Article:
What is Cinemagraphic Writing?

What makes your writing so different? What is Cinemagraphic Writing? How do you know it’s different?” When confronted with these questions, I find myself unable to summarize everything because it is simple and yet complex.

So, true to the nature of Cinemagraphic Writing, I am not going to tell you what it is—I’ll show you because the root of this writing style is “Show—don’t tell.”

Taking from the example I have on my website of Sir Arthur Conan Doyle’s work of Sherlock Holmes: Silver Blaze, let me show you the original, then the Cinemagraphic version, and then I’ll show you how it was taken apart in order to be written Cinemagraphically.

Original Version:

We had been walking briskly during this conversation, and a few more minutes brought us to the hollow in question. At Holme’s request I walked down the bank to the right, and he to the left, but I had not taken fifty paces before I heard him give a shout and saw him waving his hand to me. The track of a horse was plainly outlined in the soft earth in front of him, and the shoe which he took from his pocket exactly fitted the impression.

“See the value of imagination,” said Holmes. “It is the one quality which Gregory lacks. We imagined what might have happened, acted upon the supposition, and find ourselves justified. Let us proceed.”

Cinemagraphic Version:

During this conversation we walked briskly through the moor, and a few more minutes brought us to the hollow in question. I saw Holmes tilt his head as he considered it, but then he gestured for me to walk down the bank on the right while he went to the left. As I trekked my way down about fifty paces, I heard a shout from Holmes, so I snapped my gaze back around to see him waving at me.

Sighing to have gotten this far only to turn back, I hastened to his side and looked down. The track of a horse was plainly outlined in the soft earth at our feet, and I watched as Holmes took from his pocket a horseshoe then squatted down to compare with the impression. Perfect fit.

He looked up at me and smiled. “See the value of the imagination.” Then he looked back at the track again and collected the shoe before rising to his feet and pocketing it once more. “It is the one quality which Gregory lacks. We imagined what might have happened, acted upon the supposition, and find ourselves justified. Let us proceed.” With that, he walked on ahead, and I fell into step with him.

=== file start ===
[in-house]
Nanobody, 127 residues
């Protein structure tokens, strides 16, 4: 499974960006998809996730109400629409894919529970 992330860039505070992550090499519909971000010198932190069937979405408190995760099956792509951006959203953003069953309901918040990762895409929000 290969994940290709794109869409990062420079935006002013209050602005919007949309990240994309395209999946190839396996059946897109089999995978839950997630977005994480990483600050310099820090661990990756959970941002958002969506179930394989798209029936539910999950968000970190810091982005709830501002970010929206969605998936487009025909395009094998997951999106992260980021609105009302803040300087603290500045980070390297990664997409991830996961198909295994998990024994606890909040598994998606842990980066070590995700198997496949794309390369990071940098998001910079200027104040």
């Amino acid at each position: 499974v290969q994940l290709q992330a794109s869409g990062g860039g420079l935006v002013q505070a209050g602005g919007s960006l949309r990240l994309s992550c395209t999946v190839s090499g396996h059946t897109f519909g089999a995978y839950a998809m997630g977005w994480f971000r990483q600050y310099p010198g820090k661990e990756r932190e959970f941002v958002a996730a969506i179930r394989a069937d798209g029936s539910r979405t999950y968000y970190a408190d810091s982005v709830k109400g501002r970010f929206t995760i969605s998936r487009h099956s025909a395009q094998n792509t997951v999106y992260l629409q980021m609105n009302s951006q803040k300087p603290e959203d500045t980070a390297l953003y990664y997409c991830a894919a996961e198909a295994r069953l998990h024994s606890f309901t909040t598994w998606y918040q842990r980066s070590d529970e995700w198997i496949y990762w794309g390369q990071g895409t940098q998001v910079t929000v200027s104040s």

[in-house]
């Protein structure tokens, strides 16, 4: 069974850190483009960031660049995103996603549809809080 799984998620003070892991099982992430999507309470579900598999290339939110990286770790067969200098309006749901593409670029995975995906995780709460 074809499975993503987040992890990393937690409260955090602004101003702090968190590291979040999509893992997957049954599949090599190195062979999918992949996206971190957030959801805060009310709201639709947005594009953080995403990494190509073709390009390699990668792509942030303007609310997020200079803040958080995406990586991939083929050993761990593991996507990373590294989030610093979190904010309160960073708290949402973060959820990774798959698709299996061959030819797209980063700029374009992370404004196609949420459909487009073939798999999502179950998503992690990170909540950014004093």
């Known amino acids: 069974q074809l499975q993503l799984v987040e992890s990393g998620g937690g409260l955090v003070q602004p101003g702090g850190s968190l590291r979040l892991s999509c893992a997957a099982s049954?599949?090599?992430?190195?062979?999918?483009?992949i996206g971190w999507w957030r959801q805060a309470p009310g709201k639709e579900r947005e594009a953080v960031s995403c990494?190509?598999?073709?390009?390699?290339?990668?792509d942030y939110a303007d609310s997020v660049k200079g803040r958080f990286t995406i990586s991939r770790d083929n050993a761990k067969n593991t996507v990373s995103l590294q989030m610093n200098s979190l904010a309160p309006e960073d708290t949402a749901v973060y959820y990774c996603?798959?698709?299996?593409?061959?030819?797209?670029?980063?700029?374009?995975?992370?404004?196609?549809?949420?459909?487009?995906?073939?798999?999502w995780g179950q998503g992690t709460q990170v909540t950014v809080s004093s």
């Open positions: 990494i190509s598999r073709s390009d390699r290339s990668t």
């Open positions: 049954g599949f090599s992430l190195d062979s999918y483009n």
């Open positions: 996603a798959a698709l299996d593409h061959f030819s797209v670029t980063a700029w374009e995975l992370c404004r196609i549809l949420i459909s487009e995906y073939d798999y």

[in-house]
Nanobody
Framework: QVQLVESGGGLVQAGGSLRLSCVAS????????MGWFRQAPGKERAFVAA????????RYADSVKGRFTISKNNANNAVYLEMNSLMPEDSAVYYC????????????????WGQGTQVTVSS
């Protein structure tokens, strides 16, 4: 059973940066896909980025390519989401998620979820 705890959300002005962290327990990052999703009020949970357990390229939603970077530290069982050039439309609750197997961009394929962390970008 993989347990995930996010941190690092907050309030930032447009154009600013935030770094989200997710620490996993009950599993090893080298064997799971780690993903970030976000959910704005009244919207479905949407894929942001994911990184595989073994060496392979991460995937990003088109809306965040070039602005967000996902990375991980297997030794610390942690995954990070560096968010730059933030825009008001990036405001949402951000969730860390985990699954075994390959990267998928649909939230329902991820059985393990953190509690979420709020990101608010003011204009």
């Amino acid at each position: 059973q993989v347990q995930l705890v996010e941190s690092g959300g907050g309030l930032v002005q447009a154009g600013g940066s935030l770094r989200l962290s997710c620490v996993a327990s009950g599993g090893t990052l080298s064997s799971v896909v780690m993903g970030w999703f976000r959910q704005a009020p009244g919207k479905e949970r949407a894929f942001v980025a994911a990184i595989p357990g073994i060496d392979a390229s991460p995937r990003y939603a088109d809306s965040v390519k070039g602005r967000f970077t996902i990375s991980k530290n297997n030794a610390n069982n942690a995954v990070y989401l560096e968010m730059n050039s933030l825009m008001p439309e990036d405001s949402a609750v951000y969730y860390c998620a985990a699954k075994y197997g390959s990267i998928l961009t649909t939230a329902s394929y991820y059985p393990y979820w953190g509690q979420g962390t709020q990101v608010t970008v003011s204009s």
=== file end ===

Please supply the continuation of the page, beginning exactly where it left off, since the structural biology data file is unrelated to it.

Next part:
Revision Process using the Original version:

In the blue are the sentences I’ve rearranged, expanded, or rephrased. In the red are my notes as to what I did to the original sentence.

We had been walking briskly (rearrange to make sentence active) during this conversation, and a few more minutes brought us to the hollow in question. At Holme’s request (show his request) I walked down the bank to the right, and he to the left, but I had not taken fifty paces (show the movement of walking) before I heard him give a shout and saw him waving his hand to me. (show Watson’s slight irritation of having to turn back immediately) The track of a horse was plainly outlined in the soft earth in front of him (Show his return to Holmes to view the track. Otherwise it reads as though Watson suddenly teleported to Holmes’ side.) and the shoe which he took from his pocket exactly fitted the impression. (show Holmes place the horseshoe on the track)

(Show Holmes’ glee in realizing the horseshoe fit the track perfectly) “See the value of imagination,” said Holmes. (remove dialogue tag, add body language and movement to get Holmes back to his feet again)“It is the one quality which Gregory lacks. We imagined what might have happened, acted upon the supposition, and find ourselves justified. Let us proceed.” (Show them walk away)

<~>~<~>~<~>

There you have the two styles illustrated. Tell me, which one did you experience? Which one did you visualize better?

So what’s the difference between the two? Both can be lengthy. Both have proper paragraph structure. Is there a way to pull apart a piece of writing to get to its skeleton and say, “Ahha! This is cinemagraphic writing!”?

No—there is no way of distinguishing either style so simply other than the key fact that Cinemagraphic Writing stresses ‘showing’. When you read Cinemagraphic work, you simply know it because the scene was written so clearly, you can recall details of the scene hours, days, and even years after you’ve read it. Perhaps you won’t remember the storyline, the characters names, or exact locations, but you walk away with an image like a picture you took when you were on a trip. You walk away with a memory.

Once when I was fourteen, my mother took me to piano lessons. While waiting for my lesson to get done, she stayed in the van and read my latest fan fiction story to edit and critique it. When I finished my lesson and climbed into the van, she put down my story and stared at me. “Kelly, I have never seen a story so easily—so clearly. I could visualize every detail.”To this day, I can ask her what was the scene she saw on that day when she read it, and she can still tell me.

So I know it’s possible. The only way I can describe Cinemagraphic Writing is: it takes the advice “show—don’t tell” seriously.

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